The Drum Awards Festival - Media

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Technology Brand Strategy Martech

Unilever, UBS and Mastercard on the future of live sponsorship events


By Amit Bapna | Editor-at-large

May 10, 2021 | 6 min read

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Whoever would have thought one of the most talked about concerts would be Justin Bieber performing on a downtown Los Angeles plush apartment terrace with an audience of neighbouring building residents on their terraces, observing social distancing? Is this the possible future of live events where fans can still enjoy any of their passion points in-person, whether it's gaming, music, culture or sport at creative spaces?

Image of a quote from David Aikman from World Economic Forum at Live! Matters Festival. "Our world changes so quickly you want to finalize things at the last minute. Anybody who tells you they have a six-month strategy is probably lying"

To watch the entire session visit

With the pandemic having impacted different markets, and the recovery being staggered to a varying degree, live events and sponsorships have taken a major hit. ‘Live Matters, an event organised by Branded, hosted a power-packed panel that delved into how some of the leading global brands are reworking their sponsorship plans and live events playbook in a post-Covid world.

The panel comprised William Dinger, Unilever's global head of sponsorship, Michael Corcoran, director of brand activation, sponsorship and events, APAC at UBS, Rustom Dastoor, SVP, head of marketing and Communications, APAC at Mastercard and was moderated by Charlotte McEleny. publisher, APAC at The Drum.

The session looked at some key facets of the business and its evolution in the last year or so. For example, how can brands get past the prevailing ‘zoom fatigue’ and make the event formats more engaging? How can event-owners get people to pay for things that they were used to consuming for free and evolve them into something that's going to build a much deeper and more meaningful connection?

Here are the key takeaways from the speakers:

William Dinger, global head of sponsorship, Unilever

  • Live events have been an important part of Unilever’s overall marketing mix, especially when it comes to sponsorships and partnerships but there is much more we have been doing in this space. Ecommerce programming, for example, was already very critical and it got accelerated because of Covid-19.
  • Consumers are still expecting the same kind of brand presence and demands, as they always have done and our task as marketers is to continue to elevate their overall viewing experience. Since fans haven't been able to go to the stadium, how do we, as a brand, authentically show up, within a gaming experience, or a viewing experience, or within the different restrictions that the pandemic has imposed.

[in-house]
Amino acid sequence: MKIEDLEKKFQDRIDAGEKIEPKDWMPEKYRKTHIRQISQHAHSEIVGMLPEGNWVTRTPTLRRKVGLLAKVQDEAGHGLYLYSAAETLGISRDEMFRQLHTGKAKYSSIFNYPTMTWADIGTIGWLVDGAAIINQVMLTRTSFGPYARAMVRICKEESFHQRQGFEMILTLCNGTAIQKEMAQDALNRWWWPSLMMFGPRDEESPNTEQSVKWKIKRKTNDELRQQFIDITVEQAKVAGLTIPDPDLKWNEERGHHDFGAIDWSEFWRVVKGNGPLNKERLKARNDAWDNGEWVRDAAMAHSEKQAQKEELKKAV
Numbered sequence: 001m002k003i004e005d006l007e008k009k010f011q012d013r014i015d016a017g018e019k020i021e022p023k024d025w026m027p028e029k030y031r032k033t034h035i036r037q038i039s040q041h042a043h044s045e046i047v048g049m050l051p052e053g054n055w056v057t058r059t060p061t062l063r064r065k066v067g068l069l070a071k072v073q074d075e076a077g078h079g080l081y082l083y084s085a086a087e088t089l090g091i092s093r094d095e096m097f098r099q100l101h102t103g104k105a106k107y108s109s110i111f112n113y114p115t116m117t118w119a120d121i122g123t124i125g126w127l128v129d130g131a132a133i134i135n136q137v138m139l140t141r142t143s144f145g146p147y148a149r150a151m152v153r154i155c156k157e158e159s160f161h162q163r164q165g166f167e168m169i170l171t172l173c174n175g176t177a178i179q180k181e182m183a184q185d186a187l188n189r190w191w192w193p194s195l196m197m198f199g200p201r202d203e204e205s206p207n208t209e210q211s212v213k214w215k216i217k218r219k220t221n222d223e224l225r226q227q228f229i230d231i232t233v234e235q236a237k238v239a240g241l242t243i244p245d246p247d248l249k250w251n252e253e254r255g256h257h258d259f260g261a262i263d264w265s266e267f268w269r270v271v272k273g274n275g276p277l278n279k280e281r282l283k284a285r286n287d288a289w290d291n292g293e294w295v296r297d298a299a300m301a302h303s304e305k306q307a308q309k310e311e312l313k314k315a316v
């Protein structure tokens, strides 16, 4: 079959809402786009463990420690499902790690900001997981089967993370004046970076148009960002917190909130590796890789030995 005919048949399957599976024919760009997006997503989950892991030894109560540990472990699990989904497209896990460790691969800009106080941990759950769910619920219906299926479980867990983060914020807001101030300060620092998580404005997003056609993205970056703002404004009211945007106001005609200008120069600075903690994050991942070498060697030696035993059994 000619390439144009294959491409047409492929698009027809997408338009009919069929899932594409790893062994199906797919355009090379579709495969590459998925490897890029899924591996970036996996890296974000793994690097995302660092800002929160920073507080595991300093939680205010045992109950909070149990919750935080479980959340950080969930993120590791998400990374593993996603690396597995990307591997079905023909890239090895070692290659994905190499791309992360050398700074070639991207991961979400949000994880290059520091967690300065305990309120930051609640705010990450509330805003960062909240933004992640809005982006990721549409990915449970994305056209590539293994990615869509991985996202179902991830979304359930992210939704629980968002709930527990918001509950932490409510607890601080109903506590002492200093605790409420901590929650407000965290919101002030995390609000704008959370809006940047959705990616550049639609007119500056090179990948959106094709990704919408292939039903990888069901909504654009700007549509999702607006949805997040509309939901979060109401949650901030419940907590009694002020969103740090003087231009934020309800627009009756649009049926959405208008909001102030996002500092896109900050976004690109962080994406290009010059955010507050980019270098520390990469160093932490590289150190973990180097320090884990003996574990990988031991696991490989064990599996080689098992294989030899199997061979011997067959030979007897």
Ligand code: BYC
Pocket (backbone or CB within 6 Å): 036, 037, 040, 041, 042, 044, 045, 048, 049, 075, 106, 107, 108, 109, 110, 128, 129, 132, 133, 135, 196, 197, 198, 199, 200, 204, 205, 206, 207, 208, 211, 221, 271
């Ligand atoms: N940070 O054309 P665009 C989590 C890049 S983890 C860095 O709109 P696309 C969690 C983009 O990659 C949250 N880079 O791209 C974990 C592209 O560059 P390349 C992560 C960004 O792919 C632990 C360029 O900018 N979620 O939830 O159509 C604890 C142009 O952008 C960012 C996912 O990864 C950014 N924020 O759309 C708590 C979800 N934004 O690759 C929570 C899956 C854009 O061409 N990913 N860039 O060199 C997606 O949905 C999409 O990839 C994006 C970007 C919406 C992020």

• We want to double down on our understanding of making the brand partnerships work with the various platforms that include e-commerce environment, merchandising, licensing access etc since it's critical for the future.
  • The future would be about more personalization, more experiences, more reimagined partnership assets and revenue models.

Michael Corcoran, director - brand activation, sponsorship and events, APAC at UBS

  • He spoke of how one of their long-term sponsored properties Art Basel in Hong Kong has become a scaled-down event this year, having had to morph into more of a hybrid fair. UBS has been the title sponsor for the art event, eight years in a row, and the event fits in very well strategically since it matches the bank brand’s long heritage as a collector of contemporary art.
  • The association strategy however has had to undergo many changes this year because of the pandemic and so what used to be a plush physical UBS lounge at the venue has been replaced with a UBS digital lounge, where backed by the digital expertise there would be very bespoke content for the guests who can tune into online.
  • Interestingly having the digital lounge allows the brand to cast a wider net, for a much bigger number of clients. In this case, for clients who cannot travel there is a possibility of offering unique content and unique experiences. So that is a blessing in disguise for the virtual event format.

Rustom Dastoor, SVP, head of marketing and Communications, APAC at Mastercard

  • Mastercard has been a prolific sponsor of live events in Asia across sports, culture and technology, so much so that it had some event going on, every week of the year. All of a sudden for that to stop was quite devastating.
  • The future of live events is likely to be ‘phygital,’ which is a combination of physical and digital. For example, we had the Australian Open just a few months ago, and a large part of it was executed live, but it was also digitally executed. That helps to bring the event into people's houses as well and that balance is what brands like Mastercard will have to strike going forward.
  • It is getting clear that not every country is going to come out of the pandemic at the same time. For us, all our cardholders matter equally and if they are unable to get out to a live event, we are going to bring the live event to them.
  • No one has built a digital platform bespoke for live sponsorship events since largely what is happening is rejigging a lot of other platforms and trying to make them work for live events. There is a big business opportunity out there to build a bespoke live event, a digital virtual platform that captures the essence of a live event and brings it into your home.

To watch the entire session again or any of the Live Matters sessions including Music, Sports, Gaming and Health & Safety, visit

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